08/06/11 486 W, 1 I - + 1 - 4 Secrets of Night Photography

Yesterday's photos on Kent Road turned out pretty good. Here's what happened, and how the pictures happened. Canon 40D, auto white balance, semi-spot metering. Shooting mode is Program Shift (P). That's what I always use.

The first set of photos, exterior fire attack in frame 1, started with 1600 ISO. That's the second-highest for my camera. There was too much motion and too little light, however. Only one of that series was a keeper. Then bumped the ISO to the highest setting, 3200.

By frame 4, the camera is facing the side of the structure. Still pretty dark. Still seeing a shutter lag that's longer than desired. The pics are still going to be blurry. (Mind you, this is all ambient light. Flash has been left in the car. Too many reflective surfaces to make that aesthetically effective.)

Next step is changing shooting mode, since the light is still rather low. Switch to Shutter Priority (tV), and begin spinning the dial until the shutter lag seems about right. Then, relocate to the rear corner of the structure (or, rather, the rear corner of the lot as facing the structure). The camera is now pointed toward a light source. This helps greatly. By this time, I have also removed the UV filter from the lens. That second piece of glass adds light specks and other unwelcome artifacts. Notably from all the various beacons and hand lights and any other source.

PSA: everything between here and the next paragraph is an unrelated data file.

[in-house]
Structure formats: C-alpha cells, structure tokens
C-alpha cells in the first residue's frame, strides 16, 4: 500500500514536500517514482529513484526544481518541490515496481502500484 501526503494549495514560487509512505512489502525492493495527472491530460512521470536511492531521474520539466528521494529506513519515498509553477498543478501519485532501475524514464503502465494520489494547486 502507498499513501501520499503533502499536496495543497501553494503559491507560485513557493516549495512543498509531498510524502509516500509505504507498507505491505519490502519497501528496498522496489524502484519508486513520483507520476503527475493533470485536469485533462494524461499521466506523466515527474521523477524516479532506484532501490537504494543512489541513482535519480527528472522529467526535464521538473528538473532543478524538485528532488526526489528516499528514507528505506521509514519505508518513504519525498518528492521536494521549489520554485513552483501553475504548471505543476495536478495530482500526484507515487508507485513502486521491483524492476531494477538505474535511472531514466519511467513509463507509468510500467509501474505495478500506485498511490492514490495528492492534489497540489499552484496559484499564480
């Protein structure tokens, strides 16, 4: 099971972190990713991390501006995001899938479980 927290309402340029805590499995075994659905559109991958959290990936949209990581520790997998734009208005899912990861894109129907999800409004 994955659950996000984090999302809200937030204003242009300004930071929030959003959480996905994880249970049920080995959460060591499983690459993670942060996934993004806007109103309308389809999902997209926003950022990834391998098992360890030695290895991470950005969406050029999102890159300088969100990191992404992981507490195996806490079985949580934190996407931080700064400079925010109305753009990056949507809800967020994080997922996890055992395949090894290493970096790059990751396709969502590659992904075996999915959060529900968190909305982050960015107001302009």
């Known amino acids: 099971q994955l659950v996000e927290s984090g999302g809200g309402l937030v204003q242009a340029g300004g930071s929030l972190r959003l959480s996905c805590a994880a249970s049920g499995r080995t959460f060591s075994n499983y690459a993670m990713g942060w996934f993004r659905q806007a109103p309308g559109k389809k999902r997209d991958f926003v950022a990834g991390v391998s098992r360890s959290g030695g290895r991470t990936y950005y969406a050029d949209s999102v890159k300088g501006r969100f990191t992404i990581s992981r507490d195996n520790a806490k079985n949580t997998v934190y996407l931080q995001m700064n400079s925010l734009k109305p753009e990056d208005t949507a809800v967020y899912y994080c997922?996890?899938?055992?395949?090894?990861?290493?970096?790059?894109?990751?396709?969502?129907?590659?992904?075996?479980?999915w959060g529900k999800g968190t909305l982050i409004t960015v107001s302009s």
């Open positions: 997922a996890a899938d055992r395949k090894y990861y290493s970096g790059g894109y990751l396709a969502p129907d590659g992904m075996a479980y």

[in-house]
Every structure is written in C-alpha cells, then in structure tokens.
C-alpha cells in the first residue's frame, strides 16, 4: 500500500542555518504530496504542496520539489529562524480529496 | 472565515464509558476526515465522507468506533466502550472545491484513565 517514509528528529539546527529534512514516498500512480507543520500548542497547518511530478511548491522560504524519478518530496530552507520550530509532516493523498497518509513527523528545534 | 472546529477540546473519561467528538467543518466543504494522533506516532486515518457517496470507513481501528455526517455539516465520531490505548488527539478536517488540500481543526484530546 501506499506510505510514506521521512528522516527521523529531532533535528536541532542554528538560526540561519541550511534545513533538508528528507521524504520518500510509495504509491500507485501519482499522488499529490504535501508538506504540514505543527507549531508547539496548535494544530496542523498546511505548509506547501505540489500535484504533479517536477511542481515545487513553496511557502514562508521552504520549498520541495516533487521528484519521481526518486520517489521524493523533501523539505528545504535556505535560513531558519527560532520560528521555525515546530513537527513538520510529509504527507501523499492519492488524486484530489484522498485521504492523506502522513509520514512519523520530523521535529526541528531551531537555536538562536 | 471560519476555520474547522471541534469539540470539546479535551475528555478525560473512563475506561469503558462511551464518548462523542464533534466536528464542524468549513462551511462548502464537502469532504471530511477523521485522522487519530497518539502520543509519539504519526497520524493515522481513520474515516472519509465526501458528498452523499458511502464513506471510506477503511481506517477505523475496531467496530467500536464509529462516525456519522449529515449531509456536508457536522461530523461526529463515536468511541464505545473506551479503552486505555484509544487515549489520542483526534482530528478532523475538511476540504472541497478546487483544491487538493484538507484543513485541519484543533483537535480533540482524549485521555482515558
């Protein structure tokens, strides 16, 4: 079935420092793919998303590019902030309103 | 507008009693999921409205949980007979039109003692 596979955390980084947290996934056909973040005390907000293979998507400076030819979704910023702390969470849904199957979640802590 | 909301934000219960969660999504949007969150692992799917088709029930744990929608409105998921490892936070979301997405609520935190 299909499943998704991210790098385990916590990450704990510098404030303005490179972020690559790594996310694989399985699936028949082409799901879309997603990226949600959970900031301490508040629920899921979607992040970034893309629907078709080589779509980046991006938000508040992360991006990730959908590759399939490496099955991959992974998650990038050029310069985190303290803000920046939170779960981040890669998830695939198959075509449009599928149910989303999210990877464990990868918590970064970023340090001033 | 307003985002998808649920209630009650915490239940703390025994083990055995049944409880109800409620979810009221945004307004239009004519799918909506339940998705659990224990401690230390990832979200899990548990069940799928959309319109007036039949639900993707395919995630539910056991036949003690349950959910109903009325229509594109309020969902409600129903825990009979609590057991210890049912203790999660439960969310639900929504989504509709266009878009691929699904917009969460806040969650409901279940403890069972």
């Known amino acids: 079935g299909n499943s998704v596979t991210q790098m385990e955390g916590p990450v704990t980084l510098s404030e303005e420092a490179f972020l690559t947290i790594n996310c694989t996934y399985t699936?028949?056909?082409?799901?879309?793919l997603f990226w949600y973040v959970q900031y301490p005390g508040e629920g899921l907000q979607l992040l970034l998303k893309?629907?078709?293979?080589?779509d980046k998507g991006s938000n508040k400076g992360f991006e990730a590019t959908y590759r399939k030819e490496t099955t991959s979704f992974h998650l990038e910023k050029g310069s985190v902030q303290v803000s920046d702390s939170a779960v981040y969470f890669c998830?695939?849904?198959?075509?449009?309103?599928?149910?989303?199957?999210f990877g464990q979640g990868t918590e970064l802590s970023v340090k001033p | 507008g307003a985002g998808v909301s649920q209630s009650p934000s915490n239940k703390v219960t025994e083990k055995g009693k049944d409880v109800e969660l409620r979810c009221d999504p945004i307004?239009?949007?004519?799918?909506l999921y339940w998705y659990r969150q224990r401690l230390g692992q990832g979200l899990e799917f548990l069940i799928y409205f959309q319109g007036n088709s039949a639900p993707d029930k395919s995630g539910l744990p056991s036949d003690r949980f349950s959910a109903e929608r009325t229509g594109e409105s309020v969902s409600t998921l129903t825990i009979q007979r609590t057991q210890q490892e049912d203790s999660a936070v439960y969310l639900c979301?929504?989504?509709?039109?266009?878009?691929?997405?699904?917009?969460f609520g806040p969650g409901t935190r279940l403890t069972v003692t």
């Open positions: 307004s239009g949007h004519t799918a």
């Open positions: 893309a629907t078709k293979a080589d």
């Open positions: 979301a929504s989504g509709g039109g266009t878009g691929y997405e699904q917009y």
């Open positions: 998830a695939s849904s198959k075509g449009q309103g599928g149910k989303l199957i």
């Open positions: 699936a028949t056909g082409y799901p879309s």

Also in the mix is metering. For most of these shots, the first attempt is pointing directly and shooting. If the result is either too bright or too dark, I point at a slightly darker or slightly brighter spot, and press the meter lock button. Then take the picture again. Rinse and repeat, until a properly exposed picture is made. 

Let's see, what else to note? After 10 or 20 minutes, shooting mode was switched back to Program Shift (P). Used a special LED camera light for a couple shots, such as frame 47. Worked okay. Basically, like a sustained flash. For the roof shots, with the firefighter in silhouette, that's my second camera. Rebel XT, with a longer lens. The ISO goes only as high as 1600. But those shots were shooting into the light, the scene lights on the aerial bucket. That's the trick at night scenes. Shoot into the light.

Finally, for the portraits at the end, those are all also using the Rebel XT. They are flash photos, using the camera's pop-up flash. They are shot in close range, and with the camera cropping any reflective surfaces. The flash makes for harsher shadows, and an overall harsher image. But since those are people working at a fire scene, it effect works to the advantage of the image. In my opinion. See the entire set of photos. Ask questions as desired. Or offer tips! Help me take better photos!

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